The fire as locus of story, light, and existential questioning is also a locus for Rivers, whose cinema has emerged in recent years as one of the most constantly evolving, mysterious, elemental, and resonant bodies of work by any active filmmaker. Although the films have grown longer (from 2003’s four-minute Old Dark House to the 86-minute Two Years at Sea) and have steadily crept toward more and more fictional elements—and even, in the case of Slow Action, science fiction—they have also maintained and deepened certain artistic commitments to which, at this point, Rivers is more firmly attached than ever. Among these are a dogged exploration of the possibilities of in-between cinema, where the expressive possibilities of non-fiction and fiction meet and intertwine to the degree that the end of one and the beginning of the other is no longer distinguishable. Just as crucial is a fascination for the tenets and practice of the handmade film, through which Rivers applies this dogged exploration quite literally. Although he’s confronted by today’s usual theatrical exhibition challenges of having to often project his work digitally, the films themselves are shot generally in Super 16mm, more often than not in black and white, and then processed by hand in his kitchen. (His director’s statement for Two Years at Sea says that he bought as much of his favourite Kodak Plus-X stock as he could manage when the company announced that it was ceasing its production.) To a degree greater than with most work, watching a hand-processed Rivers film via film projection or via digital projection represents starkly different viewing experiences, due to the ways in which his handmade intervention into his basic materials creates an intensely plastic medium. Unlike Brakhage’s aggressive hand-processing, Rivers’ is gentler, subtler, and more selective, with the liquid-like imperfections of the image, like drops of rain hitting a surface, creating the impact (especially in black and white) of a commentary on the medium itself when used to photograph the real world, as a living and breathing thing: film as a plant, film as an animal.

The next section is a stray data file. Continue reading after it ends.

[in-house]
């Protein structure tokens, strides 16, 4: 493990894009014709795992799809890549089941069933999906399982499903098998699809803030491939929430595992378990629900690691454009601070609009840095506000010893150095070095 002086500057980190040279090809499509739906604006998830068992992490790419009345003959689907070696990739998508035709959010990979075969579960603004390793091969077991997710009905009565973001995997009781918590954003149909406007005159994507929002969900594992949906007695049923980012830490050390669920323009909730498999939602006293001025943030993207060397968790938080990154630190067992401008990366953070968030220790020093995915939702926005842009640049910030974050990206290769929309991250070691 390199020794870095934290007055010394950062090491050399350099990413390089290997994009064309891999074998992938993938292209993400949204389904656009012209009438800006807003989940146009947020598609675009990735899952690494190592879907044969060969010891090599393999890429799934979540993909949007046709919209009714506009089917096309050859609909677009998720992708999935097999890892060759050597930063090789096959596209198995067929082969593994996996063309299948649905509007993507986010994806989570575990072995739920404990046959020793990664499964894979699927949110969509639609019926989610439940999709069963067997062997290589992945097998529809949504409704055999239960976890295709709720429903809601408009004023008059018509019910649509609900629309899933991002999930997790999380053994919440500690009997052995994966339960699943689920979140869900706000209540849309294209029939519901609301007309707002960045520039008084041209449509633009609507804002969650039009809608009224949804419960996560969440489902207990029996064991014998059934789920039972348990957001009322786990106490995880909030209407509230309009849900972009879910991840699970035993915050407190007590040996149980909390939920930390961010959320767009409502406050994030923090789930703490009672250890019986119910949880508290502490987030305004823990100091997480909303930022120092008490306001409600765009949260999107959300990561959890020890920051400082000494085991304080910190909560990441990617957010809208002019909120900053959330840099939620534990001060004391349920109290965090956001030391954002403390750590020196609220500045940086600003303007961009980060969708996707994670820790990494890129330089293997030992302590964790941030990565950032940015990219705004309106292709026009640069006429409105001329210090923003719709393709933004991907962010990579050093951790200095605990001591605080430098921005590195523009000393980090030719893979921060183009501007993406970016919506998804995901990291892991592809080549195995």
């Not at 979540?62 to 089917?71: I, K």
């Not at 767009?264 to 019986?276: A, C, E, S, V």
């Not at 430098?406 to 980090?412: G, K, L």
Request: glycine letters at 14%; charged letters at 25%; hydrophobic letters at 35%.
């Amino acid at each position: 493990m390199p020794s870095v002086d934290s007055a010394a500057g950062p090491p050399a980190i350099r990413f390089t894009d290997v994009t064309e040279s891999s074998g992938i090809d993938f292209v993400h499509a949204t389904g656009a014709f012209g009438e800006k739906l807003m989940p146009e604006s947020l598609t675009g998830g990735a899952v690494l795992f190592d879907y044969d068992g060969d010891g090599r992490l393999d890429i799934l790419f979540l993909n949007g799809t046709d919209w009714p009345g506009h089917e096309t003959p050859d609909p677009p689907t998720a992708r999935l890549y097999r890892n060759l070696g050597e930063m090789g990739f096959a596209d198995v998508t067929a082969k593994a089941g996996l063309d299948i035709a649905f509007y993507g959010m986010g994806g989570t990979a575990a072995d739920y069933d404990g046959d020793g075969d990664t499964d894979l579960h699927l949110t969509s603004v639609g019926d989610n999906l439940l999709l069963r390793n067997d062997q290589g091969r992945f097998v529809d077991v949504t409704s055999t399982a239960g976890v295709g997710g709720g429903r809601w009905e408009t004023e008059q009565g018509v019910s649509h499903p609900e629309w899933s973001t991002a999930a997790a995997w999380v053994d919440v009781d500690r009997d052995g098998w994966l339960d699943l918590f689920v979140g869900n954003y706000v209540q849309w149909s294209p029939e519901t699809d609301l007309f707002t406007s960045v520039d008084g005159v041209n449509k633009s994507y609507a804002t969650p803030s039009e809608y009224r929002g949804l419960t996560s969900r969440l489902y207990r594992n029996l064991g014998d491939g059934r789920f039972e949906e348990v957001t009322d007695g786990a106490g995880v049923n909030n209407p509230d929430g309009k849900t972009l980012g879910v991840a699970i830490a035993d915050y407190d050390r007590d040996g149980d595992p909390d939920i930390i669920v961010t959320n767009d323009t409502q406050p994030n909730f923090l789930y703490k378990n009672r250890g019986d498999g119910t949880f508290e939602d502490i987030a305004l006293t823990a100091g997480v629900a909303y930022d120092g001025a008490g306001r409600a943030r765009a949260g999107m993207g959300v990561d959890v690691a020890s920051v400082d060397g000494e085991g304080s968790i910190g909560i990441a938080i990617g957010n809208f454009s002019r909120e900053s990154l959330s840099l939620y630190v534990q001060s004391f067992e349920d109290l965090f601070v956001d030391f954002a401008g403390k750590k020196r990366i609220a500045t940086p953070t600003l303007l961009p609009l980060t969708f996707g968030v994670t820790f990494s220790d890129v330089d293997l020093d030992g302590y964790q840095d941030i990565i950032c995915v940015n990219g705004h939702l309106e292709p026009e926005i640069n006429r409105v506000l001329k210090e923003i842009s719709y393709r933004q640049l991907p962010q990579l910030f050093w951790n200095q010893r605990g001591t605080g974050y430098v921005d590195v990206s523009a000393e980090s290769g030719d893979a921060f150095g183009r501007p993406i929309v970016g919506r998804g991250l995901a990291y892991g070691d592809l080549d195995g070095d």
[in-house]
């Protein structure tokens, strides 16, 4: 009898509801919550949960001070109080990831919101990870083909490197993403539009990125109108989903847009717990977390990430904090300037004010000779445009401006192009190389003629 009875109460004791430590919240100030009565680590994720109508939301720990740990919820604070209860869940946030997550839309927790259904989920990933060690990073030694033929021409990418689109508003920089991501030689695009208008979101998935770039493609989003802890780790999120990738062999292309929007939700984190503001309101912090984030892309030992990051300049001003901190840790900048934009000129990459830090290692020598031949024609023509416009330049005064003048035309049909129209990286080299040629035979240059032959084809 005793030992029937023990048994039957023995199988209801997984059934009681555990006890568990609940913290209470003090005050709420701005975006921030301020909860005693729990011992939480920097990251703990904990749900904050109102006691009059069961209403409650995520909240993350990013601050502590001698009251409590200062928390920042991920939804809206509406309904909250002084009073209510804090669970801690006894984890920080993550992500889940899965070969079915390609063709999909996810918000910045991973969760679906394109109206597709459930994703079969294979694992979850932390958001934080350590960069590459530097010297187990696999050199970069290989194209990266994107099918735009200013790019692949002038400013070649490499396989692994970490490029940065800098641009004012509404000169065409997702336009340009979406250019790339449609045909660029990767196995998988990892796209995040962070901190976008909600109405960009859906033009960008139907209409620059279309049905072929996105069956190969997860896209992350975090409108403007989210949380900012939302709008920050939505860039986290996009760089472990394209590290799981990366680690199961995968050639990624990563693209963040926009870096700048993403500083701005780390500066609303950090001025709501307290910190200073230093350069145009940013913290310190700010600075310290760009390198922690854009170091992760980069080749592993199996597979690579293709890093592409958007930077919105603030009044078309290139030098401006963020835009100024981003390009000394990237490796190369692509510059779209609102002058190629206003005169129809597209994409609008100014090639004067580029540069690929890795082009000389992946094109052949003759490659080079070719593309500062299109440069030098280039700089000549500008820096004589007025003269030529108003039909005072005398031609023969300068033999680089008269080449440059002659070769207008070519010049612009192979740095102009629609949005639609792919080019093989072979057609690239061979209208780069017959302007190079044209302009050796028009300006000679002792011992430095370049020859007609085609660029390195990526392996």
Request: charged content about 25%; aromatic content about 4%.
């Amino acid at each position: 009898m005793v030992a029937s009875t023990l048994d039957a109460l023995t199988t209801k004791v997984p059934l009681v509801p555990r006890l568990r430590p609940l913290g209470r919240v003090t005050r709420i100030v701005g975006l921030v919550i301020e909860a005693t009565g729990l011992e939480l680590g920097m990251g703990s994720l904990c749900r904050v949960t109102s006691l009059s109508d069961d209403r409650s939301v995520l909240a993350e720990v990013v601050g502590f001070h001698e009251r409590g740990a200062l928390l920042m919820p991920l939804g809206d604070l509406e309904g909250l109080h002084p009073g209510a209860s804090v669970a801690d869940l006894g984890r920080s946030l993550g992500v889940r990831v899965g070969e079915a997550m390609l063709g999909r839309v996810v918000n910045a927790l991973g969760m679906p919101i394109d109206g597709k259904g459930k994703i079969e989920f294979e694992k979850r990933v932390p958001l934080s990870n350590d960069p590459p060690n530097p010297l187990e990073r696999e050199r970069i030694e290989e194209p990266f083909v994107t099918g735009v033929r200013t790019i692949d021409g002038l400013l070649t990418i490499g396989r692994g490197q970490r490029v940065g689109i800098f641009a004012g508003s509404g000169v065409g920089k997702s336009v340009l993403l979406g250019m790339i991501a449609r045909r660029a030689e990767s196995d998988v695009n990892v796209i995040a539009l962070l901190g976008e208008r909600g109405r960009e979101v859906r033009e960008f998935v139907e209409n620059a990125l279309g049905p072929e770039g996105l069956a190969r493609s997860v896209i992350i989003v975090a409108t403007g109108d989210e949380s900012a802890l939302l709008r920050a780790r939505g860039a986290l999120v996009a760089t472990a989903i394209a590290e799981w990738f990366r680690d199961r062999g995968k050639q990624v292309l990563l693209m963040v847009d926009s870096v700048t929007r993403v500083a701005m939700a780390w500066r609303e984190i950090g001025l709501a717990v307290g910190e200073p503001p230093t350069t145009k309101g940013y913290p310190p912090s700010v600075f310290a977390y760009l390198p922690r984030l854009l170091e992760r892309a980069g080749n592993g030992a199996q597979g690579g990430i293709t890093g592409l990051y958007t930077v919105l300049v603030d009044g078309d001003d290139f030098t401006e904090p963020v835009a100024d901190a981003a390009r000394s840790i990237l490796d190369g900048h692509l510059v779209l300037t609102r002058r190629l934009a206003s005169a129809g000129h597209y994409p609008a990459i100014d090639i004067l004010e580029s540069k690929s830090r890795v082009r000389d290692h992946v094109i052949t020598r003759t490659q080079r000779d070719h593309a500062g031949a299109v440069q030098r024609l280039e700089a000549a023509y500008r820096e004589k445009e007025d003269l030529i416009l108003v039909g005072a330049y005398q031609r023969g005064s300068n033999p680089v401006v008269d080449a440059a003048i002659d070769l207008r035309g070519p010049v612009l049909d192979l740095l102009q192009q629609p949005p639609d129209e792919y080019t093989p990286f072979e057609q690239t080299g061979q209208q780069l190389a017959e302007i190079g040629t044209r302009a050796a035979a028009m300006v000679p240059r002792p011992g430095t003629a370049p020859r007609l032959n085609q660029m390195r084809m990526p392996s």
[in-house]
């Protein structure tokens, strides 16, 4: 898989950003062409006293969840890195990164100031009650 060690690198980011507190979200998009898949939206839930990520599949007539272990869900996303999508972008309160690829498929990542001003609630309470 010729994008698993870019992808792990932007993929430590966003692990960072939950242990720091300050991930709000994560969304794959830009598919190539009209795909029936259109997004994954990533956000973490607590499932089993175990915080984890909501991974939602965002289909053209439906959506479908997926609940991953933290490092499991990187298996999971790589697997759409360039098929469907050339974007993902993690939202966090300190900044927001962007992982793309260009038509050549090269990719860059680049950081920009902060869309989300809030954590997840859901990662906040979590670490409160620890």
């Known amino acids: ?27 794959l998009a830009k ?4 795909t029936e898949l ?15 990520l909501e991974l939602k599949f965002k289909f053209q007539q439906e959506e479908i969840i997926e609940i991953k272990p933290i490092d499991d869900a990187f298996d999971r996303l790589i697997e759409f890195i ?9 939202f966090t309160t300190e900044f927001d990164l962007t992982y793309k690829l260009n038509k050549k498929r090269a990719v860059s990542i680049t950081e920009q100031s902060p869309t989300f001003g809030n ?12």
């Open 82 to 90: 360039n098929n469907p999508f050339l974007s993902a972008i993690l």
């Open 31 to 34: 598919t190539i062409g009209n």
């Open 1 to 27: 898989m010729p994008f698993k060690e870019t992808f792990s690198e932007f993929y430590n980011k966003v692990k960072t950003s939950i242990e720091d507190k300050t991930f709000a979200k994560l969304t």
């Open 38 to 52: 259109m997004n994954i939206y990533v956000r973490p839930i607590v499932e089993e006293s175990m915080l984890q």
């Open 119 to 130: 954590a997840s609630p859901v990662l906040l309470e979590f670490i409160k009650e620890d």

Continuing a tradition of fellow experimental-minded British visual artists like Peter Greenaway and Derek Jarman, he also remains able to move between the cinema and the gallery space, although he’ll readily say that his heart is with cinema for its capacity to create the kind of ideally immersive viewing and listening environment, some of which Rivers, who formerly ran a rep cinema in Brighton, actually has built, by hand naturally, as micro-micro cinemas inside galleries. Slow Action, constructed in four sequences set on four distinct islands, began as an exhibition work in 2010 with each sequence projected on four separate screens, spatially and sculpturally emphasizing the islanded nature of the subject, and then gained a new life in 2011 as a 45-minute film that debuted in Rotterdam, and has moved back and forth between the cinema and various gallery incarnations since. (At the TIFF Future Projections installation it was shown as a single-channel 16mm projection, as Rivers wasn’t happy with the image quality in the earlier digital four-screen installation.)